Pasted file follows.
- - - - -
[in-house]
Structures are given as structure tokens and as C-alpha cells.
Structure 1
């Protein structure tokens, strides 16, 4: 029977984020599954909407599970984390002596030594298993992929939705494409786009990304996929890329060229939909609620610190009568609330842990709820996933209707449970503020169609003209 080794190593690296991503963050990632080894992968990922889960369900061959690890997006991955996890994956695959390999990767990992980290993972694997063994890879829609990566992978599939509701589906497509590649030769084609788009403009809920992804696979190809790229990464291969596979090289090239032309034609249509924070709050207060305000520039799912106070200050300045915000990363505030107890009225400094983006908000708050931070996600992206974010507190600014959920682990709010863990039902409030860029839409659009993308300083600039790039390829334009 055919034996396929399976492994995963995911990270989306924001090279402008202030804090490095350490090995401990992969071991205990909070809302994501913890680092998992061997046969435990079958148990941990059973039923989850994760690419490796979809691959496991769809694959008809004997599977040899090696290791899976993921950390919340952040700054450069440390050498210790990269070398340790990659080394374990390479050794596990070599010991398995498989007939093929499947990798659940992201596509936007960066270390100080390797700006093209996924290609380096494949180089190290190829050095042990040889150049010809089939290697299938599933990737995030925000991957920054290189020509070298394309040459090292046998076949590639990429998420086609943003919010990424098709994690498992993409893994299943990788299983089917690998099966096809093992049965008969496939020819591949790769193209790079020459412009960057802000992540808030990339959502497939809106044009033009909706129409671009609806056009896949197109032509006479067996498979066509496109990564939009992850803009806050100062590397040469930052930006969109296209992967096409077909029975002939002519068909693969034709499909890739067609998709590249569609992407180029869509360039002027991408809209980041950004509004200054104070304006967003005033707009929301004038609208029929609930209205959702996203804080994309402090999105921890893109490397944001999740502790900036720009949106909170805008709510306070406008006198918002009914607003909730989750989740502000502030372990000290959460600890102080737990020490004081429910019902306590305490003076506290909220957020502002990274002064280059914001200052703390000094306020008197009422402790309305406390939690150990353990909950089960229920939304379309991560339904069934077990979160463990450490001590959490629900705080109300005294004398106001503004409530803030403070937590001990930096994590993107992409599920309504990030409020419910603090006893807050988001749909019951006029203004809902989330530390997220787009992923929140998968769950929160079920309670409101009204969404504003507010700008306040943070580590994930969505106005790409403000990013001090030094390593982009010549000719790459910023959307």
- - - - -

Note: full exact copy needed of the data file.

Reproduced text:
[in-house]
Structures are given as structure tokens and as C-alpha cells.
Structure 1
């Protein structure tokens, strides 16, 4: 029977984020599954909407599970984390002596030594298993992929939705494409786009990304996929890329060229939909609620610190009568609330842990709820996933209707449970503020169609003209 080794190593690296991503963050990632080894992968990922889960369900061959690890997006991955996890994956695959390999990767990992980290993972694997063994890879829609990566992978599939509701589906497509590649030769084609788009403009809920992804696979190809790229990464291969596979090289090239032309034609249509924070709050207060305000520039799912106070200050300045915000990363505030107890009225400094983006908000708050931070996600992206974010507190600014959920682990709010863990039902409030860029839409659009993308300083600039790039390829334009 055919034996396929399976492994995963995911990270989306924001090279402008202030804090490095350490090995401990992969071991205990909070809302994501913890680092998992061997046969435990079958148990941990059973039923989850994760690419490796979809691959496991769809694959008809004997599977040899090696290791899976993921950390919340952040700054450069440390050498210790990269070398340790990659080394374990390479050794596990070599010991398995498989007939093929499947990798659940992201596509936007960066270390100080390797700006093209996924290609380096494949180089190290190829050095042990040889150049010809089939290697299938599933990737995030925000991957920054290189020509070298394309040459090292046998076949590639990429998420086609943003919010990424098709994690498992993409893994299943990788299983089917690998099966096809093992049965008969496939020819591949790769193209790079020459412009960057802000992540808030990339959502497939809106044009033009909706129409671009609806056009896949197109032509006479067996498979066509496109990564939009992850803009806050100062590397040469930052930006969109296209992967096409077909029975002939002519068909693969034709499909890739067609998709590249569609992407180029869509360039002027991408809209980041950004509004200054104070304006967003005033707009929301004038609208029929609930209205959702996203804080994309402090999105921890893109490397944001999740502790900036720009949106909170805008709510306070406008006198918002009914607003909730989750989740502000502030372990000290959460600890102080737990020490004081429910019902306590305490003076506290909220957020502002990274002064280059914001200052703390000094306020008197009422402790309305406390939690150990353990909950089960229920939304379309991560339904069934077990979160463990450490001590959490629900705080109300005294004398106001503004409530803030403070937590001990930096994590993107992409599920309504990030409020419910603090006893807050988001749909019951006029203004809902989330530390997220787009992923929140998968769950929160079920309670409101009204969404504003507010700008306040943070580590994930969505106005790409403000990013001090030094390593982009010549000719790459910023959307």